For the past 30 years, my desire to draw has been underscored by my interest in observation. Because of the patience and time required to complete detailed, perceptual drawings, the still life genre is the ideal vehicle for the undertaking of uninterrupted, optical investigations. By carefully arranging and lighting objects on a tabletop surface, I am able to analyze, record and manipulate subtle transitions in shape, tone and edge in service of a heightened reality, a personal theater of sorts. By choosing inexpensive plastic and metal items as my subject matter I am asking the viewer to reexamine their definition of the mundane and to assess an object's value on purely visual terms.
The process that I have chosen for these drawings is metal point, a painstakingly unforgiving antique process, commonly used by artists in the 13th and 14th centuries. When properly layered, this process possesses a luminosity and delicate tonal range otherwise unattainable with any other graphic medium. Additionally, the use of metal point further divorces the object from its usual function, in a sense elevating it, while providing an intriguing contrast between the present and the past. By employing copper, silver, gold and platinum, different patinas are achieved over time as the metals slowly oxidize in reaction to the air around them, promoting subtle change long after the actual drawing is completed.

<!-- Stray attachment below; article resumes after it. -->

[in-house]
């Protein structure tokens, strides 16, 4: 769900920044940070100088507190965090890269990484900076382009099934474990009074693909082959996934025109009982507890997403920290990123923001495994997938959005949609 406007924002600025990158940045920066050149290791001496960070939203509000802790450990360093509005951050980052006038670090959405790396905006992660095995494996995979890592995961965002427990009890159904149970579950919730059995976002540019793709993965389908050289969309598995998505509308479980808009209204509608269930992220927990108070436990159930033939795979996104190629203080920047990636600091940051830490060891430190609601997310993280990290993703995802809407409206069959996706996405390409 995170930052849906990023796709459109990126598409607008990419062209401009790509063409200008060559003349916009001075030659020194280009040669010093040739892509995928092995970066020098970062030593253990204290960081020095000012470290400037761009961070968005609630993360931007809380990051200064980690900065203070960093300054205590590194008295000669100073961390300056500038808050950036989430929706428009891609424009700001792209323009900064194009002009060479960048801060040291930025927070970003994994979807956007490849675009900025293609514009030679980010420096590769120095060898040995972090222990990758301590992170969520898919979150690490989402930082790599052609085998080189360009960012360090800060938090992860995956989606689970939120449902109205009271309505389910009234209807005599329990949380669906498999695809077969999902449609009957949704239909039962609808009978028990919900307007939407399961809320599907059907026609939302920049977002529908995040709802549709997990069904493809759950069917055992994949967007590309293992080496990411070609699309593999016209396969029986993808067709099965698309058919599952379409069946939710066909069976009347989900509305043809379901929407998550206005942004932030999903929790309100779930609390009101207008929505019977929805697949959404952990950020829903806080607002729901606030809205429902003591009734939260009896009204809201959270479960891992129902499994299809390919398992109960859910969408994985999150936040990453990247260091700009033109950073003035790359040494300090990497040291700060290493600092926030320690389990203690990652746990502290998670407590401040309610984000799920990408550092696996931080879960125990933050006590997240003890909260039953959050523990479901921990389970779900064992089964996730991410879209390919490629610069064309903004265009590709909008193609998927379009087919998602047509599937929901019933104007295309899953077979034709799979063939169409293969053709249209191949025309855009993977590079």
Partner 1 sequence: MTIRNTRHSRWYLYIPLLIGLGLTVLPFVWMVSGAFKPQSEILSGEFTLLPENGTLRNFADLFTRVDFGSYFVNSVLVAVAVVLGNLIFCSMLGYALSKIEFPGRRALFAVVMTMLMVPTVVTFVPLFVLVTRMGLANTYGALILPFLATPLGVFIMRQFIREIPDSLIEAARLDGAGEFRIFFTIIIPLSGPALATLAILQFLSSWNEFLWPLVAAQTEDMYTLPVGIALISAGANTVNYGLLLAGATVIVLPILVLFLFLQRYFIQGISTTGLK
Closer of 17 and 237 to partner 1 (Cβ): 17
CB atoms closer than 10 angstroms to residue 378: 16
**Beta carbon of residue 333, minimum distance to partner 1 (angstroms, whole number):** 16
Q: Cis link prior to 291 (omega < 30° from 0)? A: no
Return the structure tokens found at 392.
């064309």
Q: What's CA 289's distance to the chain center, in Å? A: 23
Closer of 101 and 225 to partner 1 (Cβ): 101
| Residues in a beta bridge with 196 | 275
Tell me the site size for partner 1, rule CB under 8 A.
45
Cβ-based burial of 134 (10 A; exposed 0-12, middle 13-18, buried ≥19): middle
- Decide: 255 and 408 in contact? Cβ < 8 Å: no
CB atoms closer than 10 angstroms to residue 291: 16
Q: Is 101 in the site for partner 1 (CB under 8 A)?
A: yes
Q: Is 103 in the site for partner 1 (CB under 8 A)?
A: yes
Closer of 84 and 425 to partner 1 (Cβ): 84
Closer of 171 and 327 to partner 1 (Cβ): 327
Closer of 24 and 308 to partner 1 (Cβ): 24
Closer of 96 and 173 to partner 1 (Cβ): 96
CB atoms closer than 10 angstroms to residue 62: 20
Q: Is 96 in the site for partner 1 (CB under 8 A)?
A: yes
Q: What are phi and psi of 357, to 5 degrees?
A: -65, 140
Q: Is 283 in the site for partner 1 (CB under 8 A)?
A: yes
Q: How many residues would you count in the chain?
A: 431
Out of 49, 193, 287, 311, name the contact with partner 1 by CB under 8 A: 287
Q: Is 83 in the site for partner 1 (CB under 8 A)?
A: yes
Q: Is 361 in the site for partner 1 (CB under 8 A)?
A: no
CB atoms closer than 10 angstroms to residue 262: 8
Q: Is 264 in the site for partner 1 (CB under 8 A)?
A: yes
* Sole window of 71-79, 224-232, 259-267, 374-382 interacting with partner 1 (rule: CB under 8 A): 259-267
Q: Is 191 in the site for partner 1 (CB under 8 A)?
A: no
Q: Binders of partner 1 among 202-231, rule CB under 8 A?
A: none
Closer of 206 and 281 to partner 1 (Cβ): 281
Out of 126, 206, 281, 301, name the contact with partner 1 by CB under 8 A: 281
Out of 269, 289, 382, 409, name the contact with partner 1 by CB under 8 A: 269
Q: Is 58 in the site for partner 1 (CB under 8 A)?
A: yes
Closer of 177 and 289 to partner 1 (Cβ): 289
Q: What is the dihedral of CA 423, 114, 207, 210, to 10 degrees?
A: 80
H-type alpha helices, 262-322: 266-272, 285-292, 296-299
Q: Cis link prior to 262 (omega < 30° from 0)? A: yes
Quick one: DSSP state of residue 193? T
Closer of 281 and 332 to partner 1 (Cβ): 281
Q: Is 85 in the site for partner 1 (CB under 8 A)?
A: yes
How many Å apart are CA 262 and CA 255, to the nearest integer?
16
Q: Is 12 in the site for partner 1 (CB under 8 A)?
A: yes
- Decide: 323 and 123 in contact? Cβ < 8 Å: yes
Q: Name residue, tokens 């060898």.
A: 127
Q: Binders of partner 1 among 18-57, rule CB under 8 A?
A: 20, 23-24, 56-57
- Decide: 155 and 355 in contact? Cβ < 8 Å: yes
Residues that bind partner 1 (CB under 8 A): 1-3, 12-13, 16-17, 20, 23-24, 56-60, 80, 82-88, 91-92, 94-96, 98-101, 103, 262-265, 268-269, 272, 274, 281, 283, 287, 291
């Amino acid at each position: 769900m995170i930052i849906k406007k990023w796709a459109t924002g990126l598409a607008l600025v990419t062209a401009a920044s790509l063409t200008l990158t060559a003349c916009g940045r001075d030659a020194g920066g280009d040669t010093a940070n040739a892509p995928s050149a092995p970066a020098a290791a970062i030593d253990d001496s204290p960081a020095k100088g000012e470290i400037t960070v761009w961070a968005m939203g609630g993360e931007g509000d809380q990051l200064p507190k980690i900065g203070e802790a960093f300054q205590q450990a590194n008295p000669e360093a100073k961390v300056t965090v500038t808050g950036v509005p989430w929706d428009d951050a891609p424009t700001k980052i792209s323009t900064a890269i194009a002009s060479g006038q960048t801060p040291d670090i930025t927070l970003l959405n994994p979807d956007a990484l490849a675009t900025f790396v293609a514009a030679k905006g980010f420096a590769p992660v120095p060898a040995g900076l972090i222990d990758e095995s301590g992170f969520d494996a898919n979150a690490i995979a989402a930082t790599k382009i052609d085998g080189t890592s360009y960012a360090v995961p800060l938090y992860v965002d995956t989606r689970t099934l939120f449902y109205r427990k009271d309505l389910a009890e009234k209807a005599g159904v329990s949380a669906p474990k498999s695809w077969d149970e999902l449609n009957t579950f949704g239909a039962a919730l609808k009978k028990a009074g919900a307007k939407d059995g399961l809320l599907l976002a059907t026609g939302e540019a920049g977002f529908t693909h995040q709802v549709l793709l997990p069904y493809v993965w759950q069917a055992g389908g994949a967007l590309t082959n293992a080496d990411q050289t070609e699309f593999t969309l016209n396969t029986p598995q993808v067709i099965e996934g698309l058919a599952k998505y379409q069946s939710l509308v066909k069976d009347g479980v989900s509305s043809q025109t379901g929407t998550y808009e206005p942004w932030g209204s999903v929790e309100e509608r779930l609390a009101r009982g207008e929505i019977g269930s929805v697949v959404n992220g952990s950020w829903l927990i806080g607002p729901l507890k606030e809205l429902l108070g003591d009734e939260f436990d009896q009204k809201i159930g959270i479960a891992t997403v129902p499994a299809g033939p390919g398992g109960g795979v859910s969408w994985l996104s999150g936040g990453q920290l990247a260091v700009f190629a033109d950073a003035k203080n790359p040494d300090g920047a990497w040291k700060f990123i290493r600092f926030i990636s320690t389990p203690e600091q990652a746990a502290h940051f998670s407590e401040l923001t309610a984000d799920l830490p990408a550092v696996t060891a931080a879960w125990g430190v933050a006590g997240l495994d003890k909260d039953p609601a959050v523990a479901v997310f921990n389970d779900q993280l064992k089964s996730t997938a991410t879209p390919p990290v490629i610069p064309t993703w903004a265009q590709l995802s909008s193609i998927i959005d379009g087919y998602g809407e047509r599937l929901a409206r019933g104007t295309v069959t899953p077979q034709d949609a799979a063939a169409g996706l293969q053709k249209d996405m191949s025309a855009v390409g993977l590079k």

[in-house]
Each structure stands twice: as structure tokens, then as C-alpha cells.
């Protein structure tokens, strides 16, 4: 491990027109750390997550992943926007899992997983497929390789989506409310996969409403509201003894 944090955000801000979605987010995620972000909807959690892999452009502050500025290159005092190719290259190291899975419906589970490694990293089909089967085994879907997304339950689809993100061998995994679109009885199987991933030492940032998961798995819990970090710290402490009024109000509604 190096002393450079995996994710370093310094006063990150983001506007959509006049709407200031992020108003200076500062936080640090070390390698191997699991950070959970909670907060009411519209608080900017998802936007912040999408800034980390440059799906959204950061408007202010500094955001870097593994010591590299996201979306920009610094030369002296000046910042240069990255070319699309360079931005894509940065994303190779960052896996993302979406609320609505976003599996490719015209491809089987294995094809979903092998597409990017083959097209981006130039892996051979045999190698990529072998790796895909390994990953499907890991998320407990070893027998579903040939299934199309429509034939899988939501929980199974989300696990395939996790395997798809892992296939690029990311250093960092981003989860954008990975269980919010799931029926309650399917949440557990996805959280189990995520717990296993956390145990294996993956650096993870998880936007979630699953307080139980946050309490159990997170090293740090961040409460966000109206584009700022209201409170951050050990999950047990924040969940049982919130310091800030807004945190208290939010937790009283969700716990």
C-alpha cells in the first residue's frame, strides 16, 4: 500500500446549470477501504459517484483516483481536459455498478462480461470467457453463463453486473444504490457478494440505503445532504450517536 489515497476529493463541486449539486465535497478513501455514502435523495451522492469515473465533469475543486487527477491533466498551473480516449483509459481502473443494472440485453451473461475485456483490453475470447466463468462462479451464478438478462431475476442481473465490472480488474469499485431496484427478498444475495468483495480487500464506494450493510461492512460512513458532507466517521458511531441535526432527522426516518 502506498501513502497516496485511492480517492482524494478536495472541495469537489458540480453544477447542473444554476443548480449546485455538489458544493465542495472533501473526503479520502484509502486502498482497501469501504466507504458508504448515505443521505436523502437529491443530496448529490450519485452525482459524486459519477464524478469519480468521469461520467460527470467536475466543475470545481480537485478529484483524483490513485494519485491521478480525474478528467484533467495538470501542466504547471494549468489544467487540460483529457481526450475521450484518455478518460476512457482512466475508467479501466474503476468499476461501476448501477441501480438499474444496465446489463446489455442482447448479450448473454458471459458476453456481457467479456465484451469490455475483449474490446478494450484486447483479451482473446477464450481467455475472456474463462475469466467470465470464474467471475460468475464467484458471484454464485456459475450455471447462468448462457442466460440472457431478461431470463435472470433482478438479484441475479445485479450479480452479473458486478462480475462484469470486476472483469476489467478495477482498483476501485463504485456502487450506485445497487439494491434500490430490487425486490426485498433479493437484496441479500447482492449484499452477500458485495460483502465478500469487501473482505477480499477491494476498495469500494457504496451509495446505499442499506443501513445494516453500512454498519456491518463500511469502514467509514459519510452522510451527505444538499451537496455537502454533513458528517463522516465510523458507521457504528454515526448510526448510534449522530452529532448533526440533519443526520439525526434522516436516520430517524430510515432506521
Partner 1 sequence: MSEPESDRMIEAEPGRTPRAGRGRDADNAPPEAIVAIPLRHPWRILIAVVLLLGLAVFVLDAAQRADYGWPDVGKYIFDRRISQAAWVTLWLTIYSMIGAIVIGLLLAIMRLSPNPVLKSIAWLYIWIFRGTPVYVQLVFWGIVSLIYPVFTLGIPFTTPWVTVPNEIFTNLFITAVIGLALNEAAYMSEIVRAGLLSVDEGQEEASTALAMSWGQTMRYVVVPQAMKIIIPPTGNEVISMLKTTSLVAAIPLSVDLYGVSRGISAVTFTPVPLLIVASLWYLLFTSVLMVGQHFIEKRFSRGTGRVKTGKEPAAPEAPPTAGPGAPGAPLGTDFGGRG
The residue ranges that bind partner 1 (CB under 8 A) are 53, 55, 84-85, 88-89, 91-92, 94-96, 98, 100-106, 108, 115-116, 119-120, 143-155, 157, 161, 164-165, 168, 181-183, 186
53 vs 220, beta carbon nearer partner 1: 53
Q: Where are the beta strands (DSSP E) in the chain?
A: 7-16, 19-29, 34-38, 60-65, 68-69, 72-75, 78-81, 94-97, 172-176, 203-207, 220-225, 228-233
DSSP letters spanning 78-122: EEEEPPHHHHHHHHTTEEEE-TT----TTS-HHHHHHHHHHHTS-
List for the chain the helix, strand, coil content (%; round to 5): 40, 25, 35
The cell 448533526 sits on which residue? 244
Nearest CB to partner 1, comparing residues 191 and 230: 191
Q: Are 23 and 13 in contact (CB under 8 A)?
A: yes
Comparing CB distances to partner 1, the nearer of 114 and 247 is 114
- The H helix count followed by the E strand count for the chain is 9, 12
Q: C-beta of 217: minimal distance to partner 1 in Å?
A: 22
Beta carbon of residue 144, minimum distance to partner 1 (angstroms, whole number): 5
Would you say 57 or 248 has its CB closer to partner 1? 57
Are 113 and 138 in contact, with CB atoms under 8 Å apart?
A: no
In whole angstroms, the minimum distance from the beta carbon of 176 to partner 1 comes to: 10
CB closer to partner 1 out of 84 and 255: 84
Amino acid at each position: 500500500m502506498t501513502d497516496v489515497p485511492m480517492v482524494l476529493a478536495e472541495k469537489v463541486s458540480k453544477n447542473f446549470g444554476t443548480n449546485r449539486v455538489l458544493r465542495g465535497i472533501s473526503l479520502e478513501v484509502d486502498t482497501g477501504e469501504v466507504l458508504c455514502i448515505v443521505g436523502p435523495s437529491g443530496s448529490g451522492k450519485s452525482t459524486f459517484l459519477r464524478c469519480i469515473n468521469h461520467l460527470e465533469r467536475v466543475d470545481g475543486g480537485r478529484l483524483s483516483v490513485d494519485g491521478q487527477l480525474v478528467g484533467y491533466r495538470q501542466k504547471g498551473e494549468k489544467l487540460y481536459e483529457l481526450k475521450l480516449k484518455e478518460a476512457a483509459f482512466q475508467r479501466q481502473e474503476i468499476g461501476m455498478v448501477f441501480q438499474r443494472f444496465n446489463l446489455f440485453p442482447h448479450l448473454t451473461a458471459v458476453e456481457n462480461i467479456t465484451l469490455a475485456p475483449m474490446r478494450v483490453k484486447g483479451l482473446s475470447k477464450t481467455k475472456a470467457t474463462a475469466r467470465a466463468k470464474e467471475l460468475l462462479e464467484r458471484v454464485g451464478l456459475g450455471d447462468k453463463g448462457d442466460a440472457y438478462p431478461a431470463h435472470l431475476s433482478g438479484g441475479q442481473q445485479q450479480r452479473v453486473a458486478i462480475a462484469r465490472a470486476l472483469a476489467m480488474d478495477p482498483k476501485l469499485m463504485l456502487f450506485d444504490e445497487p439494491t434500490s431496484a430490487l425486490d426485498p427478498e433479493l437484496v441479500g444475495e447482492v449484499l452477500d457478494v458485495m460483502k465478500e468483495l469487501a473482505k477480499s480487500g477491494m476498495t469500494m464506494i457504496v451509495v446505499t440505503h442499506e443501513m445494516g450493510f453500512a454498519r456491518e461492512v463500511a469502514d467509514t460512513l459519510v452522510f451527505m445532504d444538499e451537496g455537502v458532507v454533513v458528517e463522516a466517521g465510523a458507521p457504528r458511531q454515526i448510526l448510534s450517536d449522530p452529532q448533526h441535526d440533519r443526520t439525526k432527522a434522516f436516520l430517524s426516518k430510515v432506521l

Ultimately, I wish for my drawings to serve as quiet, tender and thoughtful records of acute optical experiences, embracing craftsmanship and formalism as fundamental criteria upon which standards of beauty can be evaluated and maintained.
Artist Bio / CV
I attended Parsons School of Design in NYC and received my MFA from Indiana University. My work has been included in over 200 national and international exhibitions and is housed in numerous private and public collections.